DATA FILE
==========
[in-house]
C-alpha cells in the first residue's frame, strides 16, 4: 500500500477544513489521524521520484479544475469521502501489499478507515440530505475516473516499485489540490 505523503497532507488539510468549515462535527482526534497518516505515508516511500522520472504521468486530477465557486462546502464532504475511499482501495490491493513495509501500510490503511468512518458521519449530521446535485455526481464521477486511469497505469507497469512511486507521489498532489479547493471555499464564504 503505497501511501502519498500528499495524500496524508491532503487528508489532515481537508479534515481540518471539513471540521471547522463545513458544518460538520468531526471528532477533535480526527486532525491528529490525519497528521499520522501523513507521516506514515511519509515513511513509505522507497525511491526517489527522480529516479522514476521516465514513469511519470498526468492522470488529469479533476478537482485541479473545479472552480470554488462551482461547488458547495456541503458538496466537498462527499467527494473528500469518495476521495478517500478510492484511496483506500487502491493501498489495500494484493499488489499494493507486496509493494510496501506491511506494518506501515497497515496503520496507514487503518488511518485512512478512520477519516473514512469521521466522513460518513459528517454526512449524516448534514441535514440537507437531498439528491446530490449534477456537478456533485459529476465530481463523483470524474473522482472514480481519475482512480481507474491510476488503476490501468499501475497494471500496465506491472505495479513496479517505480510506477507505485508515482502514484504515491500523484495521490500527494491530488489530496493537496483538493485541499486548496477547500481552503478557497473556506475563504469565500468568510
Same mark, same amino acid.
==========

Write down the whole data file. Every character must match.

[in-house]
C-alpha cells in the first residue's frame, strides 16, 4: 500500500477544513489521524521520484479544475469521502501489499478507515440530505475516473516499485489540490 505523503497532507488539510468549515462535527482526534497518516505515508516511500522520472504521468486530477465557486462546502464532504475511499482501495490491493513495509501500510490503511468512518458521519449530521446535485455526481464521477486511469497505469507497469512511486507521489498532489479547493471555499464564504 503505497501511501502519498500528499495524500496524508491532503487528508489532515481537508479534515481540518471539513471540521471547522463545513458544518460538520468531526471528532477533535480526527486532525491528529490525519497528521499520522501523513507521516506514515511519509515513511513509505522507497525511491526517489527522480529516479522514476521516465514513469511519470498526468492522470488529469479533476478537482485541479473545479472552480470554488462551482461547488458547495456541503458538496466537498462527499467527494473528500469518495476521495478517500478510492484511496483506500487502491493501498489495500494484493499488489499494493507486496509493494510496501506491511506494518506501515497497515496503520496507514487503518488511518485512512478512520477519516473514512469521521466522513460518513459528517454526512449524516448534514441535514440537507437531498439528491446530490449534477456537478456533485459529476465530481463523483470524474473522482472514480481519475482512480481507474491510476488503476490501468499501475497494471500496465506491472505495479513496479517505480510506477507505485508515482502514484504515491500523484495521490500527494491530488489530496493537496483538493485541499486548496477547500481552503478557497473556506475563504469565500468568510
Same mark, same amino acid.